May 24, 2016


Pastor attends American-Israel Public Affairs Committee conference

Lorain Board of Education President Tim Williams is an advocate and volunteer for the American Israel Public Affairs Committee. KRISTIN BAUER/CHRONICLE

Lorain Board of Education President Tim Williams is an advocate and volunteer for the American Israel Public Affairs Committee. KRISTIN BAUER/CHRONICLE

LORAIN — When the American-Israel Public Affairs Committee held its annual lobbying conference in Washington, D.C., earlier this month, Tim Williams was among the 14,000 members participating.

Williams, Lorain Board of Education president, has volunteered for AIPAC since 2007. Williams, co-pastor of the Greater Victory Christian Ministries church, said he identifies with the struggles of American and Israeli Jews and was part of AIPAC’s outreach to black Christian ministers.

“There was a connection between the suffering of African Americans via slavery and other pieces, and very much another group of people who have probably been the most prejudice-recipient people in the world,” Williams said.

In recent years, the influence of AIPAC, founded in 1954, has been challenged. J Street, a liberal pro-Israel lobbying group, opposes Israel building settlements on former Palestinian land.

AIPAC opposes Iran acquiring nuclear weapons. It also wants Iran to eliminate its entire nuclear program, which U.S. policy does not seek. AIPAC in February withdrew strict suggested sanctions to Congress that the Obama administration opposed.

Nonetheless, along with the National Rifle Association and AARP, AIPAC remains one of the most powerful lobbying groups in the nation, able to mobilize thousands of volunteers and attract world leaders. This year’s conference included speeches by Israeli Prime Minister Benjamin Netanyahu, Vice President Joe Biden and Secretary of State John Kerry.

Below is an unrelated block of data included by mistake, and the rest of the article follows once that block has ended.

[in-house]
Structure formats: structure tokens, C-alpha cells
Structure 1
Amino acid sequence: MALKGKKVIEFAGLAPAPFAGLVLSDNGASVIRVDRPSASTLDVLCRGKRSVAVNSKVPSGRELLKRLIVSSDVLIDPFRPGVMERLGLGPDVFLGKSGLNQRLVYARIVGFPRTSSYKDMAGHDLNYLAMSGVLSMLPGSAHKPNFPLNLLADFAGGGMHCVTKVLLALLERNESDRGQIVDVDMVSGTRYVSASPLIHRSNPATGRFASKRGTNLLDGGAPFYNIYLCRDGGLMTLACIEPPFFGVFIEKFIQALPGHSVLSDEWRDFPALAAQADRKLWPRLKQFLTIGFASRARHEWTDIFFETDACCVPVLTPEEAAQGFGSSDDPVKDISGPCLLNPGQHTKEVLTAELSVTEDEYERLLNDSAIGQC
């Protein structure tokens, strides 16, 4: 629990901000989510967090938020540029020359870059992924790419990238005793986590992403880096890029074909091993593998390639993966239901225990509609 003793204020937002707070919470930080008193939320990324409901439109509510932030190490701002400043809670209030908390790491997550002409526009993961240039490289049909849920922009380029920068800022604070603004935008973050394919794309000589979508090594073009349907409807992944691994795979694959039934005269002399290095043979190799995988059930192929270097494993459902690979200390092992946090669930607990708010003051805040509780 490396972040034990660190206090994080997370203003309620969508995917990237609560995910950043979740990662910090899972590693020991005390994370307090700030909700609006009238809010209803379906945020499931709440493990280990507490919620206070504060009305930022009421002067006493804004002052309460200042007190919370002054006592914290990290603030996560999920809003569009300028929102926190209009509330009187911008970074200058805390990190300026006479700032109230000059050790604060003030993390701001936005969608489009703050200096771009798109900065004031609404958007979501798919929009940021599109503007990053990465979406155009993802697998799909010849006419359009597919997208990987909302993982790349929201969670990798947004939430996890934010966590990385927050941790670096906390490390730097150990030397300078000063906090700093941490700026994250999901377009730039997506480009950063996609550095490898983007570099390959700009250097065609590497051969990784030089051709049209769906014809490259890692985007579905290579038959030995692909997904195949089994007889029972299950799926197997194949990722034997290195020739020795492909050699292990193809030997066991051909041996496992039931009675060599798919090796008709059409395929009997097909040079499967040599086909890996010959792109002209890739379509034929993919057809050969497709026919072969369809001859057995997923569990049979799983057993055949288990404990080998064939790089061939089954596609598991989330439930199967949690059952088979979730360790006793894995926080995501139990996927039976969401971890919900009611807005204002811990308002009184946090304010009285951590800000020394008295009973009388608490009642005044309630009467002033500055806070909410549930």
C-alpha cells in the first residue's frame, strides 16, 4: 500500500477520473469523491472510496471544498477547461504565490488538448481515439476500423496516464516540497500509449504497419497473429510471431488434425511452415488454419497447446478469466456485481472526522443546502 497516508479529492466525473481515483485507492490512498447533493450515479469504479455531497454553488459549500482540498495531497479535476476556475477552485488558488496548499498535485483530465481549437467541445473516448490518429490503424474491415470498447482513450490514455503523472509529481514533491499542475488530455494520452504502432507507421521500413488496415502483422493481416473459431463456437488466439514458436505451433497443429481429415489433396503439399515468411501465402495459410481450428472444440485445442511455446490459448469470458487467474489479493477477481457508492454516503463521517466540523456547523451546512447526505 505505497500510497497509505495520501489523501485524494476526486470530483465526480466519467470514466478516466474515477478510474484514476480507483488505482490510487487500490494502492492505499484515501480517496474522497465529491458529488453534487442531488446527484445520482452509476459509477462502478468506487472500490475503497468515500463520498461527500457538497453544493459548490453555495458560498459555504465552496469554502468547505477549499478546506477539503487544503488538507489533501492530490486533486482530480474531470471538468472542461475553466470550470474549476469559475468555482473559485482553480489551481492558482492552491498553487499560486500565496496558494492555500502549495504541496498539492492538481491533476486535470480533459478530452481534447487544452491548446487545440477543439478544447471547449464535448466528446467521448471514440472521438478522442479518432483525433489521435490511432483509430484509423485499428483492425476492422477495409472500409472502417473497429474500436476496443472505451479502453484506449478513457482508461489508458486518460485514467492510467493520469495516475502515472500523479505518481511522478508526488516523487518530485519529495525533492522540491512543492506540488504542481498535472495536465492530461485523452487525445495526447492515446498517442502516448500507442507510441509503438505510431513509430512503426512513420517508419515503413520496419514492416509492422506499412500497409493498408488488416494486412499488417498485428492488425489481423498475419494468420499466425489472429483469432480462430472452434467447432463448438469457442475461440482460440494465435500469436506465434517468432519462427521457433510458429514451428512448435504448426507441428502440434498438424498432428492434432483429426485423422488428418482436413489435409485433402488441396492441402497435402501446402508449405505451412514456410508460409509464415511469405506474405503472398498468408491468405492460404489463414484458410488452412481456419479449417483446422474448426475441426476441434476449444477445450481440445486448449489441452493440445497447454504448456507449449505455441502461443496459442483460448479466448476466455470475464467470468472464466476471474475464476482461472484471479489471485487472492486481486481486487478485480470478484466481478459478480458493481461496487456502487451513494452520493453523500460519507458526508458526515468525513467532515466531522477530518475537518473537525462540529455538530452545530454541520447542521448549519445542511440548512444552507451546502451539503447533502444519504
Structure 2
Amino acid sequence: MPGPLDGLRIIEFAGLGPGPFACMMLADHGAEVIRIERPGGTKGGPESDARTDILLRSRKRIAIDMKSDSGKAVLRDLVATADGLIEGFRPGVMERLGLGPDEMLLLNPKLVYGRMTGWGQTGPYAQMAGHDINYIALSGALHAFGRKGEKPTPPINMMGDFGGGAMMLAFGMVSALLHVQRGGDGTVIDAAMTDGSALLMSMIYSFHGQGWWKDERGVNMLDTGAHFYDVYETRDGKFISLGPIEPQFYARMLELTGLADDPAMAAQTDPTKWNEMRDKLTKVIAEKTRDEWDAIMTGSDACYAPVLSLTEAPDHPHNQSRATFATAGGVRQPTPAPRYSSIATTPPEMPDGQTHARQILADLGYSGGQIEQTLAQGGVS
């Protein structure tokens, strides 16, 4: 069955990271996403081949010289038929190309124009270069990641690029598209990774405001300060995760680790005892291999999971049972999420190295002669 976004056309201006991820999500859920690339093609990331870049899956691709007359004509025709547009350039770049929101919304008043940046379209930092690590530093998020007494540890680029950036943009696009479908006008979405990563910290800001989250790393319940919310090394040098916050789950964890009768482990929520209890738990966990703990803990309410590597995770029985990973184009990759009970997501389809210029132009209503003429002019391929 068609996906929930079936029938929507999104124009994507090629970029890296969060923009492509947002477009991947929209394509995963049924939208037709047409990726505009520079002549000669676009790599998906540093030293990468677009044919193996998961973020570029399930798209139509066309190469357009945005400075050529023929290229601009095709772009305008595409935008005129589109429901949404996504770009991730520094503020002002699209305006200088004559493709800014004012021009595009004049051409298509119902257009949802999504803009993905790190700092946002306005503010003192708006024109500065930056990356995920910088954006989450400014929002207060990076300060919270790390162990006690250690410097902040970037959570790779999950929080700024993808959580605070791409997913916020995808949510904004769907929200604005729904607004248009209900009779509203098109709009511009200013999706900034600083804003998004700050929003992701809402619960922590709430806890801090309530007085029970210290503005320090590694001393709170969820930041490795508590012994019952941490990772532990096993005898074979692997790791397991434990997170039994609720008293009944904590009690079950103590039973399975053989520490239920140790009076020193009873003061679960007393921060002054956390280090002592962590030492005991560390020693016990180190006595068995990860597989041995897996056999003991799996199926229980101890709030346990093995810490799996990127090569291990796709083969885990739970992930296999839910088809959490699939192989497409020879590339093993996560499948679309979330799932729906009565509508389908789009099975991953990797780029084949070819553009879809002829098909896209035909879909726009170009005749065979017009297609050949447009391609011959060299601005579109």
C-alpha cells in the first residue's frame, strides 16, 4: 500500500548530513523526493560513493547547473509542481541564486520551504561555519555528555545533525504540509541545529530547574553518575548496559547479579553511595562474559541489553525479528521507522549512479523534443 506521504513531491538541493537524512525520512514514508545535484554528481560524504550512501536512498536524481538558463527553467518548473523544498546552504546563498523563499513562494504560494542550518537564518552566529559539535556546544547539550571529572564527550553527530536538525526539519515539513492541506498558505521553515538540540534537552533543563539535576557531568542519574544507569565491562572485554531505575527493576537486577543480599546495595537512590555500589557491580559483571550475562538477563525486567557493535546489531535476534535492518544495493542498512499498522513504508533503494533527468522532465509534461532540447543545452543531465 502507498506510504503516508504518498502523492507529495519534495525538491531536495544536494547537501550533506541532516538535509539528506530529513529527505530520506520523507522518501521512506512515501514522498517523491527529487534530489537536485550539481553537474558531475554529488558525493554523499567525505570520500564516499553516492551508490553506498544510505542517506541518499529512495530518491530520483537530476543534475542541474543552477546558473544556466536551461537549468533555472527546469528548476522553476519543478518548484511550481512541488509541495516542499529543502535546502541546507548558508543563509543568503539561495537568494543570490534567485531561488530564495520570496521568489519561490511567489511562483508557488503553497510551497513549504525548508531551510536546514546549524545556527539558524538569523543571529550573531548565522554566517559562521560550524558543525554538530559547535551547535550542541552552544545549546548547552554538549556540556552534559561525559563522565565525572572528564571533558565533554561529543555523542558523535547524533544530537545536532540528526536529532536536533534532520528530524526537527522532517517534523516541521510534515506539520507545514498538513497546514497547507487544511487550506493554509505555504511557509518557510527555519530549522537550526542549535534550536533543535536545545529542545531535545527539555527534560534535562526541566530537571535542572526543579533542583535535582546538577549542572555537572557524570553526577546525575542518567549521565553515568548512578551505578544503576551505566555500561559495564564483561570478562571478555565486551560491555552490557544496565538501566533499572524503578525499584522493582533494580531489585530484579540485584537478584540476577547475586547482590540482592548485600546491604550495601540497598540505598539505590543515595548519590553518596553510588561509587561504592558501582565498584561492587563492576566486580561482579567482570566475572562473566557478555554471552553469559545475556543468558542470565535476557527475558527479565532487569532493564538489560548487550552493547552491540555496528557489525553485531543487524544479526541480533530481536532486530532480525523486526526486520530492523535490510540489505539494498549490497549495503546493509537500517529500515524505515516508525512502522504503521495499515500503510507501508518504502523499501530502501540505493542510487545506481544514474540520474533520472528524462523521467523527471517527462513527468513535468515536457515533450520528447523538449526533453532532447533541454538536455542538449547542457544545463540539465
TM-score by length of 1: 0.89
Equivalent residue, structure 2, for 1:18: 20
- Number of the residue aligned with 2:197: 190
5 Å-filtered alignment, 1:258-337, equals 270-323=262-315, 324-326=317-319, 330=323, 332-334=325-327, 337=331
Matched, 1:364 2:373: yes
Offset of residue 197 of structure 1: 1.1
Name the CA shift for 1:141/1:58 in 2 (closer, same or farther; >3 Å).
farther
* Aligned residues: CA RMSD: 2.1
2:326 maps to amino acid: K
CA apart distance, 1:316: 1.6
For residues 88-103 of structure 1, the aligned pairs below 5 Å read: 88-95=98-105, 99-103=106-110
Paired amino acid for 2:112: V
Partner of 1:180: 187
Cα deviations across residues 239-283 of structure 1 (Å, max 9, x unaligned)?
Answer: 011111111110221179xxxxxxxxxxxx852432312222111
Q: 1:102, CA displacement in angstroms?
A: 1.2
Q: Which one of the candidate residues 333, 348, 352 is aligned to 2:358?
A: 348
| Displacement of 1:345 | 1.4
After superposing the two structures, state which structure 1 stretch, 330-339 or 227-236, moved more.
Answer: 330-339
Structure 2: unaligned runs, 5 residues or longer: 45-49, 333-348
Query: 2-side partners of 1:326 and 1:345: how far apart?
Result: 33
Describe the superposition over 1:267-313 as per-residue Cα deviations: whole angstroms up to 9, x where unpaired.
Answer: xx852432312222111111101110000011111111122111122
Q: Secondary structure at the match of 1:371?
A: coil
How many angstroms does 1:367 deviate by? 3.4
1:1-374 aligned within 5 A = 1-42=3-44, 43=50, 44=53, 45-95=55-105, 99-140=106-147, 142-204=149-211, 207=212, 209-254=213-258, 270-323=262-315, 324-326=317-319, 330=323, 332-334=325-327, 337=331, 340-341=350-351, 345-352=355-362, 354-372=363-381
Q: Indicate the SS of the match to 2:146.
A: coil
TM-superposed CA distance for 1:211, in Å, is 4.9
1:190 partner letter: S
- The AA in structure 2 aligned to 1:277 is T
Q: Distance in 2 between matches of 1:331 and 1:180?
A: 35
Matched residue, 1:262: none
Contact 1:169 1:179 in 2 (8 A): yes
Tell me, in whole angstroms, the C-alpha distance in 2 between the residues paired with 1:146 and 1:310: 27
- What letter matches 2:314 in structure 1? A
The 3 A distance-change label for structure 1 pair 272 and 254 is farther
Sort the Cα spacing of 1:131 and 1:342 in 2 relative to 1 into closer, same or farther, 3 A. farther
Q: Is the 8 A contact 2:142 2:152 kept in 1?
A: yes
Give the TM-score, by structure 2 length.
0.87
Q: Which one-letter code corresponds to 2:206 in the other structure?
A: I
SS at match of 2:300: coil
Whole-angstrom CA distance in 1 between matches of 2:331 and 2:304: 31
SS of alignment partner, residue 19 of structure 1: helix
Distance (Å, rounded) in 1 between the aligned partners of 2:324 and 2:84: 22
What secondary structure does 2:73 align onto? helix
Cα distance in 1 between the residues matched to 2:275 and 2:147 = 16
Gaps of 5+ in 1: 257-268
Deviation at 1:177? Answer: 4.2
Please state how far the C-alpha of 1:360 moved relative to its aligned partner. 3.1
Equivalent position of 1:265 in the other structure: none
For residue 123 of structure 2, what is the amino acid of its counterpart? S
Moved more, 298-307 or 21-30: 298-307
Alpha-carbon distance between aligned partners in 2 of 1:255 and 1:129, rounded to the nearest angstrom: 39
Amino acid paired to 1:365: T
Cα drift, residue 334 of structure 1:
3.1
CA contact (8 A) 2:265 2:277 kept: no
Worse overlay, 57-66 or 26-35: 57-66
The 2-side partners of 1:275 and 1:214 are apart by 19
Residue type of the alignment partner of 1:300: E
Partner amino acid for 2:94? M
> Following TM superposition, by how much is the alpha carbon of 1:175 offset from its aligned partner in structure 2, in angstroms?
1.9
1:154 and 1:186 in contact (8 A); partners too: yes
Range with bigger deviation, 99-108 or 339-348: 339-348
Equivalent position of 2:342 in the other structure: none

Williams noted political support for AIPAC and Israel, which receives about $3 billion in annual U.S. aid, is bipartisan. That includes Ohio’s congressional delegation.

Both U.S. Sen. Sherrod Brown, D-Cleveland, and U.S. Sen. Rob Portman, R-Cincinnati, have attended AIPAC functions. “It’s about a lot of people who are single-minded as it relates to the security of Israel and its relationship with the United States,” Williams said.

AIPAC has been accused in the past of supporting positions that were not in the best of interests of the U.S., such as expanding settlements and invading Iraq.

“The bottom line is that AIPAC, a de facto agent for a foreign government, has a stranglehold on Congress,” John Mearshimer and Steven Walt wrote in 2006 in the London Review of Books in advance of their book, “The Israel Lobby.” “U.S. policy towards Israel is not debated there even though that policy has important consequences for the entire world.”

Williams responded that Israel’s security and its relationship with the U.S. isn’t subject to debate.

“I’ve been part of AIPAC through a Republican administration and a Democratic administration, and AIPAC pretty much stays the same,” he said. “They support and encourage support for the state of Israel.”

Williams said he’s encountered pro-Palestinian protesters at AIPAC conferences in the past, but he doesn’t engage them. He said his role at the conferences is to be an advocate for Israel, not to debate. Williams said AIPAC’s organized approach has made him a more disciplined, informed and focused school board member.